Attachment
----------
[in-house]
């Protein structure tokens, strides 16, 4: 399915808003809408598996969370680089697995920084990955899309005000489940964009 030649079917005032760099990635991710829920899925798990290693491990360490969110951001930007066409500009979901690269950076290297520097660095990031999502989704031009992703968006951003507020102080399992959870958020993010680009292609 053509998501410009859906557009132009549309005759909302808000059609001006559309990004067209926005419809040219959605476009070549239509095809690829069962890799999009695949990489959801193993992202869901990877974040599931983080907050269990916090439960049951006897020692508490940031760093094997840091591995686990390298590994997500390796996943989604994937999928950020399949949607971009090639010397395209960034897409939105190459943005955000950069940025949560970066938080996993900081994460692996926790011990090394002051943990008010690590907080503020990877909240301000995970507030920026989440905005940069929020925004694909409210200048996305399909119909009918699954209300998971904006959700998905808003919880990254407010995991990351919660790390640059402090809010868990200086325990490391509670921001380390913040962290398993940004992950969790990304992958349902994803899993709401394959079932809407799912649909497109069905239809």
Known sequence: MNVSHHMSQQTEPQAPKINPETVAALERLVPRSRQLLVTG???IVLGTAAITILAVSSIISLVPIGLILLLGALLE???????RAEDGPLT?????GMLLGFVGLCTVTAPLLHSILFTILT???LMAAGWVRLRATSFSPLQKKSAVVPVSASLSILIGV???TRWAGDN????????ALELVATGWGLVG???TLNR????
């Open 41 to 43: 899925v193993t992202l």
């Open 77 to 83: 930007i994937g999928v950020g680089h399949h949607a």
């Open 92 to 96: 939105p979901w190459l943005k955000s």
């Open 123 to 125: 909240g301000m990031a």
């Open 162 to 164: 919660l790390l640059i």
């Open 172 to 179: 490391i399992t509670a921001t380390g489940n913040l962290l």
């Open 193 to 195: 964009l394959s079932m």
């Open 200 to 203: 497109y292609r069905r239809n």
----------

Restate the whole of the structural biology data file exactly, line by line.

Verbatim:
[in-house]
């Protein structure tokens, strides 16, 4: 399915808003809408598996969370680089697995920084990955899309005000489940964009 030649079917005032760099990635991710829920899925798990290693491990360490969110951001930007066409500009979901690269950076290297520097660095990031999502989704031009992703968006951003507020102080399992959870958020993010680009292609 053509998501410009859906557009132009549309005759909302808000059609001006559309990004067209926005419809040219959605476009070549239509095809690829069962890799999009695949990489959801193993992202869901990877974040599931983080907050269990916090439960049951006897020692508490940031760093094997840091591995686990390298590994997500390796996943989604994937999928950020399949949607971009090639010397395209960034897409939105190459943005955000950069940025949560970066938080996993900081994460692996926790011990090394002051943990008010690590907080503020990877909240301000995970507030920026989440905005940069929020925004694909409210200048996305399909119909009918699954209300998971904006959700998905808003919880990254407010995991990351919660790390640059402090809010868990200086325990490391509670921001380390913040962290398993940004992950969790990304992958349902994803899993709401394959079932809407799912649909497109069905239809």
Known sequence: MNVSHHMSQQTEPQAPKINPETVAALERLVPRSRQLLVTG???IVLGTAAITILAVSSIISLVPIGLILLLGALLE???????RAEDGPLT?????GMLLGFVGLCTVTAPLLHSILFTILT???LMAAGWVRLRATSFSPLQKKSAVVPVSASLSILIGV???TRWAGDN????????ALELVATGWGLVG???TLNR????
């Open 41 to 43: 899925v193993t992202l």
């Open 77 to 83: 930007i994937g999928v950020g680089h399949h949607a």
């Open 92 to 96: 939105p979901w190459l943005k955000s």
């Open 123 to 125: 909240g301000m990031a």
């Open 162 to 164: 919660l790390l640059i």
């Open 172 to 179: 490391i399992t509670a921001t380390g489940n913040l962290l």
């Open 193 to 195: 964009l394959s079932m």
């Open 200 to 203: 497109y292609r069905r239809n």